09 June 2007

Lazy afternoon of Discovery

The Carl Morgan Trio played live to air today for ArtSound’s Book & CD sale at CSIRO’s Discovery Centre. People milled around looking for a $2 gem. My find was a CD of the Canberra Musicians Jazz Orchestra from the 90s, featuring several names that I’ve mentioned in more recent years on CJ. But the live entertainment on the day was Carl and his crew.

I heard this as somewhat like a superior restaurant gig. The team obviously plays together – they are all current students at the Jazz school - but they still read plenty of the charts, and the tunes were the old standards: Beautiful love, C Jam blues, My romance, Someday my prince will come, and the like. But they had an intelligent, interested, relaxed audience, and they were broadcasting live to Canberra, so they could loosen up, play some more impassioned and altered versions of the charts, and generally be more creative.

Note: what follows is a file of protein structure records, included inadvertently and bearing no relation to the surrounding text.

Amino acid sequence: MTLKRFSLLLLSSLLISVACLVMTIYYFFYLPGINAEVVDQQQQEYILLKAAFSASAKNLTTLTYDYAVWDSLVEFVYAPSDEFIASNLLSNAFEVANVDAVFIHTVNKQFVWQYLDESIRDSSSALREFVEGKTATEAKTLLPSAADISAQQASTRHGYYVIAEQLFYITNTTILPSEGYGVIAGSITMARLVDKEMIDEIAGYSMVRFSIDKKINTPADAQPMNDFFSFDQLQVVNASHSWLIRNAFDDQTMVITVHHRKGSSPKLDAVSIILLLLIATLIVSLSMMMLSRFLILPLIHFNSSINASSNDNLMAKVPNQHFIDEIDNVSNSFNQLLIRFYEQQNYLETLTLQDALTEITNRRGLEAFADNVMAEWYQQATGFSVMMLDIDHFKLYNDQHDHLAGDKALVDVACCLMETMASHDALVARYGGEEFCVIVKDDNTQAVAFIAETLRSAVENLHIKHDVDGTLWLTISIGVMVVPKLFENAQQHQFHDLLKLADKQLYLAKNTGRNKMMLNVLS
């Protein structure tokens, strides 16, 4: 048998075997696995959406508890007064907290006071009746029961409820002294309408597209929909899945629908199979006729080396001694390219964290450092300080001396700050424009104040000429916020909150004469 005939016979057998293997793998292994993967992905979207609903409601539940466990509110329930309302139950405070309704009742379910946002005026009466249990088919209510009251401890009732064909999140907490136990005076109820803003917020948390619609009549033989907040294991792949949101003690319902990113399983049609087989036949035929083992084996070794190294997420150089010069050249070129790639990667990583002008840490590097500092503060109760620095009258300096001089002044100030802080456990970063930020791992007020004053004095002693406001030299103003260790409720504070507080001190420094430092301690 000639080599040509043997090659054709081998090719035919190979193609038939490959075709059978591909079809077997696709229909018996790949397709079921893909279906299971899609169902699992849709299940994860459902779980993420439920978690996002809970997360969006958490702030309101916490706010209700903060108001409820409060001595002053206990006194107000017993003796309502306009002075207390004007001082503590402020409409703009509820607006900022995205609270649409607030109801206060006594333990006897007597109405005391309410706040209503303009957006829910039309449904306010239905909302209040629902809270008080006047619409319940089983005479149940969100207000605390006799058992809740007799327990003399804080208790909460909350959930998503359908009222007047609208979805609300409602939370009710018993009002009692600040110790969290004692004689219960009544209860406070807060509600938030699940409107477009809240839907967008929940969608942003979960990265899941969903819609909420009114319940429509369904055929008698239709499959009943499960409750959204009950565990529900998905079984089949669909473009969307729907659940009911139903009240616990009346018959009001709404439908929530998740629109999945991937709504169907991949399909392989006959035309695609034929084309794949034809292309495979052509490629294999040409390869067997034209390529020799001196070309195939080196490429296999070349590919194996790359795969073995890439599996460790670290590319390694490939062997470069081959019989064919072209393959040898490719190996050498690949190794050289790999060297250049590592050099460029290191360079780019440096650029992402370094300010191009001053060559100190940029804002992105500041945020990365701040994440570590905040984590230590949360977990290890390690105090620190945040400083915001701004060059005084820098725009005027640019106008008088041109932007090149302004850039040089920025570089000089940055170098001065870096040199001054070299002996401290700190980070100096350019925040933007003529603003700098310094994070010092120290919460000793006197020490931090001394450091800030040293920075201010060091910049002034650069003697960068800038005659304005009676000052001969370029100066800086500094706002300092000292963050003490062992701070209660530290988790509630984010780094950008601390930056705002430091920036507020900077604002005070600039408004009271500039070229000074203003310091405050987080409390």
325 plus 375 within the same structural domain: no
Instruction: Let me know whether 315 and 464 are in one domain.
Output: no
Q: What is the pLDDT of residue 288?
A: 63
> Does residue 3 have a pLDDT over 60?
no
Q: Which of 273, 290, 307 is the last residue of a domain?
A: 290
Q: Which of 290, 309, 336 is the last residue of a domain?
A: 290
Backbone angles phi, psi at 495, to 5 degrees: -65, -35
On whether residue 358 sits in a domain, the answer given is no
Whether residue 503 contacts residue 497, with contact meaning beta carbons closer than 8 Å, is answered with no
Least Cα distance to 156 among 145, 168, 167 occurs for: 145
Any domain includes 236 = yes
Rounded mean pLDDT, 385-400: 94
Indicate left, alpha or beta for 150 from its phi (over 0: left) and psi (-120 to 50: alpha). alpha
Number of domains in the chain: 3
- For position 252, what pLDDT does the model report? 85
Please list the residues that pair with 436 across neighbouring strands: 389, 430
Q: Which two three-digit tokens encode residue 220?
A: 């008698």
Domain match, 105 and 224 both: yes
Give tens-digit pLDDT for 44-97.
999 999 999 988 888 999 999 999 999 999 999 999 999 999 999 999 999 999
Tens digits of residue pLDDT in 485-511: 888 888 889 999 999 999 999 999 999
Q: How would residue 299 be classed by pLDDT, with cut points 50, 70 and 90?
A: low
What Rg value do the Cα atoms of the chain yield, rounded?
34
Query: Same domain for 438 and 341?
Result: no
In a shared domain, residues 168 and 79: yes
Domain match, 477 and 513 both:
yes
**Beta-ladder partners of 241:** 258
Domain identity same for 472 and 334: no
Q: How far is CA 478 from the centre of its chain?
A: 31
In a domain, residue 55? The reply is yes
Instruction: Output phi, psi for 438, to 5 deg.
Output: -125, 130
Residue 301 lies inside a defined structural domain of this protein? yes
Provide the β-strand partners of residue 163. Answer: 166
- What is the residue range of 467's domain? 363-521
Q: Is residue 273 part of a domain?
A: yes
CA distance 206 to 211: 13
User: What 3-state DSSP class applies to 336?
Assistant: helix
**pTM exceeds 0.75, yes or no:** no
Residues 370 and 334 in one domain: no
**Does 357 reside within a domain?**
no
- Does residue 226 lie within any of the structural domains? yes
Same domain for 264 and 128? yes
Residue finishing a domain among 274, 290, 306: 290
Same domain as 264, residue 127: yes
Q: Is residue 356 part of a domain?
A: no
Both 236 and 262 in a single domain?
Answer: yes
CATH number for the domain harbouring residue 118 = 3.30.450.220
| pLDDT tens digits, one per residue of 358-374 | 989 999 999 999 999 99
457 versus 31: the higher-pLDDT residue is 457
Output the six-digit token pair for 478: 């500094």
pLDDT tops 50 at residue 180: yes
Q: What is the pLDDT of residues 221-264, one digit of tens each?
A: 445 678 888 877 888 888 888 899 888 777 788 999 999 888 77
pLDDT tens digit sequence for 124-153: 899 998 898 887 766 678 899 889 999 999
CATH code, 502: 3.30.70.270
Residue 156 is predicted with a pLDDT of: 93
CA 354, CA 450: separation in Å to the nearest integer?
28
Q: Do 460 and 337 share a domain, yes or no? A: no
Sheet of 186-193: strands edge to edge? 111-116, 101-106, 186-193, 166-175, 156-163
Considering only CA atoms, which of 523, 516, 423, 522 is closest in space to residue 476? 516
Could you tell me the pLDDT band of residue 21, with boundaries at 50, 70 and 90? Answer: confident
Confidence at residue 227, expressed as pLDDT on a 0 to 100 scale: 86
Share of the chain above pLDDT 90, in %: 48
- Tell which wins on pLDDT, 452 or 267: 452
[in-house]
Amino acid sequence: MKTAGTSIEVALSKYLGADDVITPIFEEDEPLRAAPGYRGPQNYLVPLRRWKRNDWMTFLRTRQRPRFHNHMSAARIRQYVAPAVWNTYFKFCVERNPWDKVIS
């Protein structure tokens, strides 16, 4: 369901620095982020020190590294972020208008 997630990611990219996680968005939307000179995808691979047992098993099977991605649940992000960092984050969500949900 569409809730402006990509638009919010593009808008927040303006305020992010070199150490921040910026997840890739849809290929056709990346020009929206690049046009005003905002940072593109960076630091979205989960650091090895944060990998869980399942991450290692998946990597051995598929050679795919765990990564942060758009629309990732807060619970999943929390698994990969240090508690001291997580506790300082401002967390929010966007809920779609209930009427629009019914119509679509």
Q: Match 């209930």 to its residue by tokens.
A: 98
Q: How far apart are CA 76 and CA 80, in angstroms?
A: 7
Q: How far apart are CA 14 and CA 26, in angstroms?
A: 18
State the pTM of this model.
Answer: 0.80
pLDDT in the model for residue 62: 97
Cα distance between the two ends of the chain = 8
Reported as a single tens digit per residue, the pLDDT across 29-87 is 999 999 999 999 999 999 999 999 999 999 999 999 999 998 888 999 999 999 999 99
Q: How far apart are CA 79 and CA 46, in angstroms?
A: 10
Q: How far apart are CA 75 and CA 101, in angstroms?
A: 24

The band was Carl Morgan (guitar), Phill Jenkins (bass) and Ben Foster (piano). Carl played with a more subdued tone than when last I saw him, but still lashed out with plenty of flying runs and dissonant changes. He’s a strong and serious player. Phill laid down reliable and responsive lines. He easily pushed solid walks and defined clear, reliable rhythms. So the groove did not suffer despite the absence of drums. Ben played some intuitively apt accompaniment and comping, some lovely solos and melodies. But what most impressed me was beautifully accurate sense of timing in several styles. I first noticed it on one luscious blues melody about mid-concert and it stayed with him for the following tunes.

ArtSound was broadcasting live from the venue, with a good strong signal given a short distance and direct view of Black Mountain Tower. These guys really are impressive and professional to boot. They would put plenty of commercial outfits to shame: not so much for the great equipment (although for a community station, they are very well supplied), but for their intelligent interests in the local and broader cultural scene.

As for the music, you can take me to any restaurant that offers a background like this. Just don’t expect me to talk too much over the main course.

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